I was going to offer a list of the year's best and worst 2009 Town Hall moments this week, but since there is a meeting next week with the half a billion dollar wastewater plan on the agenda, items could be added to both lists. So stay tuned next week for a year- end look at the zenith and nadir of Falmouth politics and government.
So I will look forward a bit, and offer some thoughts, some soothsaying predictions, on the year ahead.
In January of the new year, the Town of Falmouth is hit by a monster snow storm. Due to budget cuts, the usual complement of plows is unable to keep our streets clear of snow and ice. As an alternative, Town Manager Bob Whritenour and the Selectmen take to the streets with their shovels, their differences disappearing among the falling flakes. Unfortunately, many sidewalks and byways go undisturbed, as the peace among board members is interrupted by a fracas between Putnam and Whritenour over who is the better shoveler. Months later, the debate continues.
On January 19, Falmouth joins every Massachusetts community other than Wrentham and Sandwich in electing Martha Coakley as Massachusetts' first female U.S. Senator. On a victory tour through Falmouth, the Senator-elect credits 92-year old stalwart Thelma Goldstein and her tireless door-to-door campaign with the local victory. Not a single voter in Precinct one casts a vote for Scott Brown. In a symbolic gesture, Libertarian candidate Joseph Kennedy garners 3,200 votes in Falmouth.
Weeks later, as the snow begins to thaw and the Patriots defeat the Saints in an improbable and historic Super Bowl where Wes Welker and Julian Edelman combine for five touchdowns by two men under six feet, the wastewater issue indeed heats up. Wastewater Superintendent Jerry Potamis, in an attempt to garner support for the fledgling plan, offers a 642 page narrative for citizens and public officials to help them understand the need for expanded wastewater systems and the associated expanded spending. As further proof that history indeed repeats itself, the Selectmen agree and support the initiative but dispense with the reading of the document.
Unable to contribute on the FHS hockey team, injured star defenseman Cody Murray finds a new love and sings the national anthem at each varsity hockey game. Realizing he has found his true love, he travels to Akron, OH to try out for the new season of American Idol and meets with unexpected success, reaching the final 8.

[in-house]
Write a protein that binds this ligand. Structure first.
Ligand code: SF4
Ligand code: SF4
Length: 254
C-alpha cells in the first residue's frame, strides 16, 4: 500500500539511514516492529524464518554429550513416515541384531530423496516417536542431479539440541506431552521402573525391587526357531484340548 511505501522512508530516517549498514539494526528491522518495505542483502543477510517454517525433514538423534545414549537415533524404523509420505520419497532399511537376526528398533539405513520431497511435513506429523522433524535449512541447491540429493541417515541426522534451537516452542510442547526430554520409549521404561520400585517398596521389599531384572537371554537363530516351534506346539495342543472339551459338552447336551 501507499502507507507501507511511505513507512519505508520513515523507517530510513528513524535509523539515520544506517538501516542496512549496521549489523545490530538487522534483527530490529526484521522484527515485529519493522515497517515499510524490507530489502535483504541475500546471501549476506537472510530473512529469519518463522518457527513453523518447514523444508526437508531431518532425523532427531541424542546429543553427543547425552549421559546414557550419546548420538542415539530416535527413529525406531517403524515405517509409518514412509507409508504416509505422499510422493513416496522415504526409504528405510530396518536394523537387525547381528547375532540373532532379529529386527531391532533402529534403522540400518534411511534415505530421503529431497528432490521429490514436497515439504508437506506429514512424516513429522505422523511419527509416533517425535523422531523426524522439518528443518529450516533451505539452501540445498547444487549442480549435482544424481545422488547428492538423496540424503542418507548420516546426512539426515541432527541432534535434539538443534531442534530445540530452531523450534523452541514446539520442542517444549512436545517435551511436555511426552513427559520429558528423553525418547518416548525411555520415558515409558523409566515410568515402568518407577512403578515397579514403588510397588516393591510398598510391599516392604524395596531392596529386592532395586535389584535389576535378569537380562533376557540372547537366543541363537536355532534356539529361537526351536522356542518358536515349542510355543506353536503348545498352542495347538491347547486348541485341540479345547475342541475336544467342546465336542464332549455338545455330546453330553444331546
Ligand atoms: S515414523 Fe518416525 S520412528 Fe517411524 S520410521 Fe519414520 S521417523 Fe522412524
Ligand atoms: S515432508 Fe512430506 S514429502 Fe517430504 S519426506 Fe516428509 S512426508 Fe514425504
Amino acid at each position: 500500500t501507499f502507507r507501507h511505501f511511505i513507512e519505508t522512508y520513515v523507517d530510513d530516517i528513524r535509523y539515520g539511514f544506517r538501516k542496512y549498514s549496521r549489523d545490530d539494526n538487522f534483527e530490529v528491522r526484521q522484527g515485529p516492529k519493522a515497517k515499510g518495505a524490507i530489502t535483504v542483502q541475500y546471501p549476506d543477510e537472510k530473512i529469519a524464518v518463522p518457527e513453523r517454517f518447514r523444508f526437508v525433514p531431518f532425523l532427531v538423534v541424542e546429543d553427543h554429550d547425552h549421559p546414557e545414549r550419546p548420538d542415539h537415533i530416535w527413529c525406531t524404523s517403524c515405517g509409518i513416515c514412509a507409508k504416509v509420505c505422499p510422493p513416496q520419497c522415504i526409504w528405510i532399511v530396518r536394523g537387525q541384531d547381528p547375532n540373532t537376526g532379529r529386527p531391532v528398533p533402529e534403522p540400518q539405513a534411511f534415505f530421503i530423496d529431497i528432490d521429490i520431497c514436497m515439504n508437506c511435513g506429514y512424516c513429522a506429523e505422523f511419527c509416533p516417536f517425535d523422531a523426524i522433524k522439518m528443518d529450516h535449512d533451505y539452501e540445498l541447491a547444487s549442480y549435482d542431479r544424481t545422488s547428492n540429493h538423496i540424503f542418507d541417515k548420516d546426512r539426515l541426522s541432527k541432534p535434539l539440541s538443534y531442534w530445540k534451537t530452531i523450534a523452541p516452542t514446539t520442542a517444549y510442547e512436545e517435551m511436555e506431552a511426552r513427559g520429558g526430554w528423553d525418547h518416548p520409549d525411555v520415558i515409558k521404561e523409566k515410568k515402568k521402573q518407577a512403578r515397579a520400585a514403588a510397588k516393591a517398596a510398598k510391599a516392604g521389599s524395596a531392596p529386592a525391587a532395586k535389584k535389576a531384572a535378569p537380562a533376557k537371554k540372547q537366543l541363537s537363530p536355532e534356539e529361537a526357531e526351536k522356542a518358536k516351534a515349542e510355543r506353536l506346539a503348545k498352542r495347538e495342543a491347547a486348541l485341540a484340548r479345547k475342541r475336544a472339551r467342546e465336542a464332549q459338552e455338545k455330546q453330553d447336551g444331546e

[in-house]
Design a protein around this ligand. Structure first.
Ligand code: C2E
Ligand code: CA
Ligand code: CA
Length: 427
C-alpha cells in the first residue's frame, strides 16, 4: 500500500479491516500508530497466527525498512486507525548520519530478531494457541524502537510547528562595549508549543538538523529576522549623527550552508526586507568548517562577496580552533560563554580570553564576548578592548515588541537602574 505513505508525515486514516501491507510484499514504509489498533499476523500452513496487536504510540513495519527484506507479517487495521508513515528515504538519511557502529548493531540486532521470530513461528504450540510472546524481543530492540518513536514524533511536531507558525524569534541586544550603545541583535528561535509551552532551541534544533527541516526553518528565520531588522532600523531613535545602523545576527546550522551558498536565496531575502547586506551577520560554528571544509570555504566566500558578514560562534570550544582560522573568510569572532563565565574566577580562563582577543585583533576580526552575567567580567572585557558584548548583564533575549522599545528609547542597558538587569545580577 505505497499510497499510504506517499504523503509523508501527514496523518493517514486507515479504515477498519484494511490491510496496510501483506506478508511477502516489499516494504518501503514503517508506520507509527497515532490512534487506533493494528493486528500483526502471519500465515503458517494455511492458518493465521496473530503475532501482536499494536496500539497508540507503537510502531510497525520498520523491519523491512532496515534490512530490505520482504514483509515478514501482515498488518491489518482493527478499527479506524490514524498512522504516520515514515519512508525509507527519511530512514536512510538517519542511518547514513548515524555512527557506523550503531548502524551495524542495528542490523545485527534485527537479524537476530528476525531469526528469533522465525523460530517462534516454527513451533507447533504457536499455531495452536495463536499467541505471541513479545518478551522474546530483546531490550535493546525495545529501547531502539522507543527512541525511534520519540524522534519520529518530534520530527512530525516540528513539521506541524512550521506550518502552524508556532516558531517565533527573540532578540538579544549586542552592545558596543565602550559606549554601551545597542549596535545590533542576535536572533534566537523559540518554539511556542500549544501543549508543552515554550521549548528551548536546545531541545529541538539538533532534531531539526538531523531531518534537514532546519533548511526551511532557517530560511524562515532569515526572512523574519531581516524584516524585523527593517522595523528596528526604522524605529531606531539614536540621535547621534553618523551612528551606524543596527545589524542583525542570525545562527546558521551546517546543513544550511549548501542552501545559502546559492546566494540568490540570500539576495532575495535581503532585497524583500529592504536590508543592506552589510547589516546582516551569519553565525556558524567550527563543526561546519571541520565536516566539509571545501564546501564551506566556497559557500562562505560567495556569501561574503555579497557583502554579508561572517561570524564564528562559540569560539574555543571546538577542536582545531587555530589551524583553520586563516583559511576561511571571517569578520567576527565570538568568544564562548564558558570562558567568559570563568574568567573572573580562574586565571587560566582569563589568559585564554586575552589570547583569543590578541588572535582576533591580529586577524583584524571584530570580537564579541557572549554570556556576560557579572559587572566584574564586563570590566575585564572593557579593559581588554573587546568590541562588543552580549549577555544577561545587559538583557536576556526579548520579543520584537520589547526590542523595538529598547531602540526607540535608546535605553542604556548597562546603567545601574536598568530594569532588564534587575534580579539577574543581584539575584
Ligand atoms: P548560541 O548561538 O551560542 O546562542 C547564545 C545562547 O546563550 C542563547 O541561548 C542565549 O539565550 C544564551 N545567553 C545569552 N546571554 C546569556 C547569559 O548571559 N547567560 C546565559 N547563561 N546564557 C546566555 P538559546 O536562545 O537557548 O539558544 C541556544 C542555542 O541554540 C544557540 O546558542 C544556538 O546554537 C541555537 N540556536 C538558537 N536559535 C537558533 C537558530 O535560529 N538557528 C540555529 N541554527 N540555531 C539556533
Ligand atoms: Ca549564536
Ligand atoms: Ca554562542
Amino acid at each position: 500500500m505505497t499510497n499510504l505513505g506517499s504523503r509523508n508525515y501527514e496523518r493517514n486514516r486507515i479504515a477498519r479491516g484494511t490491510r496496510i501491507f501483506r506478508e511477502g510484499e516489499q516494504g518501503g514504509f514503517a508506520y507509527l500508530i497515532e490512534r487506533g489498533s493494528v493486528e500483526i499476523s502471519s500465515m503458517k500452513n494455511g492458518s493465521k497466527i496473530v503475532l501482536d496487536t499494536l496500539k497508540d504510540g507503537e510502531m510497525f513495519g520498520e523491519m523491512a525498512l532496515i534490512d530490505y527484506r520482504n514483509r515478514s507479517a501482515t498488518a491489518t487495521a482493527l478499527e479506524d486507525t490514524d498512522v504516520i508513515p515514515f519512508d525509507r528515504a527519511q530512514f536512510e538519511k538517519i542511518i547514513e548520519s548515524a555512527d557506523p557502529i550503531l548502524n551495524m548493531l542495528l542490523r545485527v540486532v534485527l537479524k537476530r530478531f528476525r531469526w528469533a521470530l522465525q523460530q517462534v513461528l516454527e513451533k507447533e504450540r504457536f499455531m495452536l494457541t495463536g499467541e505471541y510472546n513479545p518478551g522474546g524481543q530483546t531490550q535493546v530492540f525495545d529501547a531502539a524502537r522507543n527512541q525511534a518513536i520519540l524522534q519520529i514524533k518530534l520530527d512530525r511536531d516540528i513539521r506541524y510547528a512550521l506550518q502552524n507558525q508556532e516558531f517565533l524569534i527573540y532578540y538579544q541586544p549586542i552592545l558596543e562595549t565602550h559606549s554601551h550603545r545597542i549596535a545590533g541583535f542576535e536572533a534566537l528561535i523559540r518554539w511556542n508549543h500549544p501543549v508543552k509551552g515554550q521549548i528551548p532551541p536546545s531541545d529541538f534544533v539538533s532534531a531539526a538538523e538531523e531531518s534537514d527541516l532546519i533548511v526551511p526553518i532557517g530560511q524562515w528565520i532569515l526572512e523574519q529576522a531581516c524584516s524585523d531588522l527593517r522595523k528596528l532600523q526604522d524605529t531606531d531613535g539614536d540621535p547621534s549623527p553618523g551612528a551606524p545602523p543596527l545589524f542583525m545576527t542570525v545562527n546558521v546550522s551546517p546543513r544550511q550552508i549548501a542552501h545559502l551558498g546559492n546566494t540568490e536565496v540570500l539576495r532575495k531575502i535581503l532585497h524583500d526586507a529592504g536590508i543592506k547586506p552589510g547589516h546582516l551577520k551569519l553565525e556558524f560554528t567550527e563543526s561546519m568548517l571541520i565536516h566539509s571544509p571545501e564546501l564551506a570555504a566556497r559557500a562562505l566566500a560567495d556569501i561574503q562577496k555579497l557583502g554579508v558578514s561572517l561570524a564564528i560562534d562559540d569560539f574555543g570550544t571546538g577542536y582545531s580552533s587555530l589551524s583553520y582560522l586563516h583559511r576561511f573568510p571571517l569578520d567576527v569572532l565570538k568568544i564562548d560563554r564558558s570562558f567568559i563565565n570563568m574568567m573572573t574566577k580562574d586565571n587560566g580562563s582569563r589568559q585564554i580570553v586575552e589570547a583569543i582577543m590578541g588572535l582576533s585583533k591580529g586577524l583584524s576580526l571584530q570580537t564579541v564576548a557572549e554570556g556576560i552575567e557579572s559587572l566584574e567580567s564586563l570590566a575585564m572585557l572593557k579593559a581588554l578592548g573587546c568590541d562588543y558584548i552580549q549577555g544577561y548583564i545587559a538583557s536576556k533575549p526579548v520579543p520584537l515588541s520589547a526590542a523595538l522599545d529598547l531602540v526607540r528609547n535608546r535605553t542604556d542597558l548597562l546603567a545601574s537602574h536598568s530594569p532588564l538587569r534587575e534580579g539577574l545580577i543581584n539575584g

As spring arrives, Falmouthites turn their attention to the annual election, where incumbents Pat Flynn and Carey Murphy fend off a challenge from former Constable George Morse. Morse nearly drops out after rumors spread that he is responsible for numerous coffee cups with "you talk too much" written on the side that are found throughout Town Hall. Selectman Ahmed Mustafa is questioned about supplying Morse with the sharpie.
As the summer months bring warmth and an end to seasonal affective disorder in Town Hall, multiple arrests are made in Falmouth Heights, as 47 members of the Falmouth Heights Maravista Improvement Association try to form a human barricade and prevent 25,000 revelers from watching the July 4 fireworks display, claiming that many people in the Heights violates the U.S. Constitution. As the Police Station lockup cannot hold that many people, detainees are held in the gym at East Falmouth School. Bail is delayed when many Heights family members cannot find Davisville Road.
As the Fall Town Meeting arrives, controversy erupts when Town Moderator David Vieira sits behind the curtain on the stage and requests to be addressed as the "Great and Mighty OZ."
Finally, as the year draws to a close, a record breaking number of Falmouthites donate to the Enterprise Community Fund to benefit the Falmouth Service Center, once again demonstrating that no matter what happens during the year, our community always comes together when it matters. May your holidays be blessed.
This column is reprinted from the Falmouth Enterprise.